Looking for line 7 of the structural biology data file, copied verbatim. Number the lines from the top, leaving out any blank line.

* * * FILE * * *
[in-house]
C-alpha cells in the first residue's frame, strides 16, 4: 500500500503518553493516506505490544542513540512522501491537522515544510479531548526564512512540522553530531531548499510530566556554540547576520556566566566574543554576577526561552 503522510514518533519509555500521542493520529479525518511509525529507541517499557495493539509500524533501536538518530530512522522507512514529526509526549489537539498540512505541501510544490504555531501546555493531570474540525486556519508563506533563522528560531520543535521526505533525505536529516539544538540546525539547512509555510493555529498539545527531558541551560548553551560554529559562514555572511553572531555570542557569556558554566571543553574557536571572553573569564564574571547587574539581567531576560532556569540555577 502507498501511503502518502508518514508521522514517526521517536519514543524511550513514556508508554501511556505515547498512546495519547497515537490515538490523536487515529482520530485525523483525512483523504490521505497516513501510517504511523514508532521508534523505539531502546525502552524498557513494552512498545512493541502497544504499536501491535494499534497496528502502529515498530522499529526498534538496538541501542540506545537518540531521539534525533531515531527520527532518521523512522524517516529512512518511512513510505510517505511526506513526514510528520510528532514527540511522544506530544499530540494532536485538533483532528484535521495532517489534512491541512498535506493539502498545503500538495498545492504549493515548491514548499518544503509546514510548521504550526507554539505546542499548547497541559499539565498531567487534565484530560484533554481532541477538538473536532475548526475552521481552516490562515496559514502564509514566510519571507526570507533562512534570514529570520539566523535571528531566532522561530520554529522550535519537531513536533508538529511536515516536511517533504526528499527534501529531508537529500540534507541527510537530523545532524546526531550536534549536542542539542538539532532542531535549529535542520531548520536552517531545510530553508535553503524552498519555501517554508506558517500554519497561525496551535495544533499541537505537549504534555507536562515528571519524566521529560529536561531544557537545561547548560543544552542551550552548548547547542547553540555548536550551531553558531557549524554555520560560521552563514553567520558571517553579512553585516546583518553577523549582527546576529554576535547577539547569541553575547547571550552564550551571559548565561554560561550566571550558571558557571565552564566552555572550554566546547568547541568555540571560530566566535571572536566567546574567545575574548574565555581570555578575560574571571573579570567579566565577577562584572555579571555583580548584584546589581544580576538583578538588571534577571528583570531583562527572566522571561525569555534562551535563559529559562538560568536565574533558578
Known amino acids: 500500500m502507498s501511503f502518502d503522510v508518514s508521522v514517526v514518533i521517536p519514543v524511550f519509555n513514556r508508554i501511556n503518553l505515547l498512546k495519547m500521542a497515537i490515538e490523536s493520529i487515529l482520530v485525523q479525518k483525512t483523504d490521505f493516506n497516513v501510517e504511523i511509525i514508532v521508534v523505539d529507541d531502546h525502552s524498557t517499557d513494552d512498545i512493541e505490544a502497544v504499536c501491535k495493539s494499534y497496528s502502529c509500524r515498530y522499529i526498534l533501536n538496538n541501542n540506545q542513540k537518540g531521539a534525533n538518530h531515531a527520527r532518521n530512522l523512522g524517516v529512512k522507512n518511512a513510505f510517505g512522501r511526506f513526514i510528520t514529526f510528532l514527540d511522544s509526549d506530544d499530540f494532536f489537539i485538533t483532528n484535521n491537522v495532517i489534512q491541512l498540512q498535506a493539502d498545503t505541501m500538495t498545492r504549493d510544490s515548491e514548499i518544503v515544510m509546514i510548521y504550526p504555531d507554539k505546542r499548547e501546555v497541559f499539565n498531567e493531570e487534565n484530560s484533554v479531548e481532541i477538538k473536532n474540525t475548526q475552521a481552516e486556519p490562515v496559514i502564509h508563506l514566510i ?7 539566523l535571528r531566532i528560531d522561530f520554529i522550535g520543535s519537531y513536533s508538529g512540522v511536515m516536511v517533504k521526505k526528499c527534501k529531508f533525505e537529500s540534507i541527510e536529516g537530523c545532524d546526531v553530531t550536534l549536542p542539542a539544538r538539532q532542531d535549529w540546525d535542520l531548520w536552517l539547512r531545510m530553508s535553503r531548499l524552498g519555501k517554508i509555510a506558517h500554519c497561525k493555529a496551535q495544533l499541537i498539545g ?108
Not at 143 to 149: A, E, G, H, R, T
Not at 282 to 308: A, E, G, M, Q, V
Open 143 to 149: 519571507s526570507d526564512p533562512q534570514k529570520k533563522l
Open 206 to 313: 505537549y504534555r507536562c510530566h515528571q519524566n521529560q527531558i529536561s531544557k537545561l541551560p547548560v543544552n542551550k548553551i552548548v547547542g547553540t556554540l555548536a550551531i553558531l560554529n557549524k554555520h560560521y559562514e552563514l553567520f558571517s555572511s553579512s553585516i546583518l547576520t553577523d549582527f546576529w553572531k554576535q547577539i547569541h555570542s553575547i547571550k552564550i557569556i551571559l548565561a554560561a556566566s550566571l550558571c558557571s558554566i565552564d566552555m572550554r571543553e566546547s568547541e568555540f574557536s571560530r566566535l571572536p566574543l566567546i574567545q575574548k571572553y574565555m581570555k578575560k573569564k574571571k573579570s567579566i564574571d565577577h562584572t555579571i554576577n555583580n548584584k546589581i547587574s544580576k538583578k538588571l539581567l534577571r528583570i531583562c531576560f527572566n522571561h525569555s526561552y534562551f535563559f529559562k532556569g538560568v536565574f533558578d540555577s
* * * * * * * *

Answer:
Open 206 to 313: 505537549y504534555r507536562c510530566h515528571q519524566n521529560q527531558i529536561s531544557k537545561l541551560p547548560v543544552n542551550k548553551i552548548v547547542g547553540t556554540l555548536a550551531i553558531l560554529n557549524k554555520h560560521y559562514e552563514l553567520f558571517s555572511s553579512s553585516i546583518l547576520t553577523d549582527f546576529w553572531k554576535q547577539i547569541h555570542s553575547i547571550k552564550i557569556i551571559l548565561a554560561a556566566s550566571l550558571c558557571s558554566i565552564d566552555m572550554r571543553e566546547s568547541e568555540f574557536s571560530r566566535l571572536p566574543l566567546i574567545q575574548k571572553y574565555m581570555k578575560k573569564k574571571k573579570s567579566i564574571d565577577h562584572t555579571i554576577n555583580n548584584k546589581i547587574s544580576k538583578k538588571l539581567l534577571r528583570i531583562c531576560f527572566n522571561h525569555s526561552y534562551f535563559f529559562k532556569g538560568v536565574f533558578d540555577s